Couple who pointed weapons at St Louis protesters charged

Prosecutor says Mark and Patricia McCloskey’s actions risked causing violence during an otherwise non-violent protest.

Patricia McCloskey and her husband Mark McCloskey draw their firearms on protesters in St Louis, Missouri in the United States. The couple was charged with felony firearm violations on Monday [File: Lawrence Bryant/Reuters]
Patricia McCloskey and her husband Mark McCloskey draw their firearms on protesters in St Louis, Missouri in the United States. The couple was charged with felony firearm violations on Monday [File: Lawrence Bryant/Reuters]

Prosecutors in St Louis, Missouri on Monday charged a white husband and wife with felony unlawful use of a weapon for displaying guns during a racial injustice protest outside their mansion.

Mark and Patricia McCloskey are both personal injury attorneys in their 60s. Circuit Attorney Kim Gardner said their actions risked creating a violent situation during an otherwise non-violent protest last month.

“It is illegal to wave weapons in a threatening manner – that is unlawful in the city of St Louis,” Gardner said.

An attorney for the couple, Joel Schwartz, in a statement called the decision to charge “disheartening, as I unequivocally believe no crime was committed”.

Supporters of the McCloskeys said they were legally defending their $1.15m home.

Gardner is recommending a diversion programme such as community service rather than jail time if the McCloskeys are convicted. Typically, class E felonies could result in up to four years in prison.

Several Republican leaders have condemned Gardner’s investigation, including United States President Donald Trump, Missouri Governor Mike Parson and US Senator Josh Hawley, who has urged Attorney General William Barr to undertake a civil rights investigation of Gardner. Parson said in a radio interview on Friday that he would likely pardon the couple if they were charged and convicted.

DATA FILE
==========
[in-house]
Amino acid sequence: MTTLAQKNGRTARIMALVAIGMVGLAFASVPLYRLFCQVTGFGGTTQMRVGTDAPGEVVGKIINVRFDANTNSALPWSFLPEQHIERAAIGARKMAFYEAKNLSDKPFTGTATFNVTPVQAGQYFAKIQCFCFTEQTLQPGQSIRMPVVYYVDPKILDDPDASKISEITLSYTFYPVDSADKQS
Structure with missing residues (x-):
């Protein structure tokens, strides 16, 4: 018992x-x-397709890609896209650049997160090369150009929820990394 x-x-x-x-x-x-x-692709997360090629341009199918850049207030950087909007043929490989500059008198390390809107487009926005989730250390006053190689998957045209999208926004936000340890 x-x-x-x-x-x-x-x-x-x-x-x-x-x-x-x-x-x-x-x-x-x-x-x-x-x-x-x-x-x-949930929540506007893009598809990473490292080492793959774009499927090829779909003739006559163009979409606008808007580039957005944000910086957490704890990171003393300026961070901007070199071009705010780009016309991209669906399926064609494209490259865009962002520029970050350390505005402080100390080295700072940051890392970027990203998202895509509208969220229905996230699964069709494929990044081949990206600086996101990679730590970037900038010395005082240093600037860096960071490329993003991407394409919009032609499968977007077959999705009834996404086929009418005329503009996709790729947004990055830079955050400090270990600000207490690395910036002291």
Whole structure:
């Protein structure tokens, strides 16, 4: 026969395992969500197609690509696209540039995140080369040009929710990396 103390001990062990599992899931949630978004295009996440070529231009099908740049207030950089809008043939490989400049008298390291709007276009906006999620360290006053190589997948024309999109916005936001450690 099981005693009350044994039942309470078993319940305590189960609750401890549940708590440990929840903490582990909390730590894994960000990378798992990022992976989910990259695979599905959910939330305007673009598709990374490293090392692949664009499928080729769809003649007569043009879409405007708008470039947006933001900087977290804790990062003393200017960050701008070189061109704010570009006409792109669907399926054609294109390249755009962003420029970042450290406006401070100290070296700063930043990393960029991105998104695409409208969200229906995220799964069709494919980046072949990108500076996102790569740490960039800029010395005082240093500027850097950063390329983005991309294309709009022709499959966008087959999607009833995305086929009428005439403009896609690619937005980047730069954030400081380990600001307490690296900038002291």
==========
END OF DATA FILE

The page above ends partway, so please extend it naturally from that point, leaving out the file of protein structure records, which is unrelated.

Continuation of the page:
Gardner said Trump, Parson and others are attacking her to distract from “their failed approach to the COVID-19 pandemic” and other issues.

St Louis, like many cities across the US, has seen demonstrations in the weeks since George Floyd’s death in Minneapolis, and the McCloskeys’ home was initially incidental to the demonstration on June 28. Several hundred people were marching to the home of Democratic Mayor Lyda Krewson, a few blocks from the McCloskeys’ home. Krewson had angered activists by reading on Facebook Live the names and addresses of some who had called for defunding the police.

The McCloskeys live on a private street called Portland Place. A police report said the couple heard a loud commotion and saw a large group of people break an iron gate marked with “No Trespassing” and “Private Street” signs. A protest leader, the Reverend Darryl Gray, said the gate was open and that protesters did not damage it.

Mark McCloskey confronted protesters with a semiautomatic rifle, screamed at them and pointed the weapon at them, according to a probable statement from police officer Curtis Burgdorf. The statement said Patricia McCloskey then emerged with a semiautomatic handgun, yelling at protesters to “go” and pointing the gun at them. Protesters feared “being injured due to Patricia McCloskey’s finger being on the trigger, coupled with her excited demeanor”, the statement said.

No shots were fired.

Trump spoke by phone with Parson last week to criticise Gardner’s investigation. Parson, when he was in the state legislature, co-authored Missouri’s “castle doctrine” law that justifies deadly force for those who are defending their homes from intruders. He has said that the McCloskeys “had every right to protect their property”.

Gardner, St Louis’s first Black circuit attorney, declined to discuss why she decided the castle doctrine did not apply.

Schwartz said the McCloskeys “support the First Amendment right of every citizen to have their voice and opinion heard. This right, however, must be balanced with the Second Amendment and Missouri law, which entitle each of us to protect our home and family from potential threats.”

Several Black leaders in St Louis have expressed support for Gardner, including Democratic Congressman William Lacy Clay, who has said protesters “should never be subject to the threat of deadly force, whether by individuals or by the police”.

Source : AP

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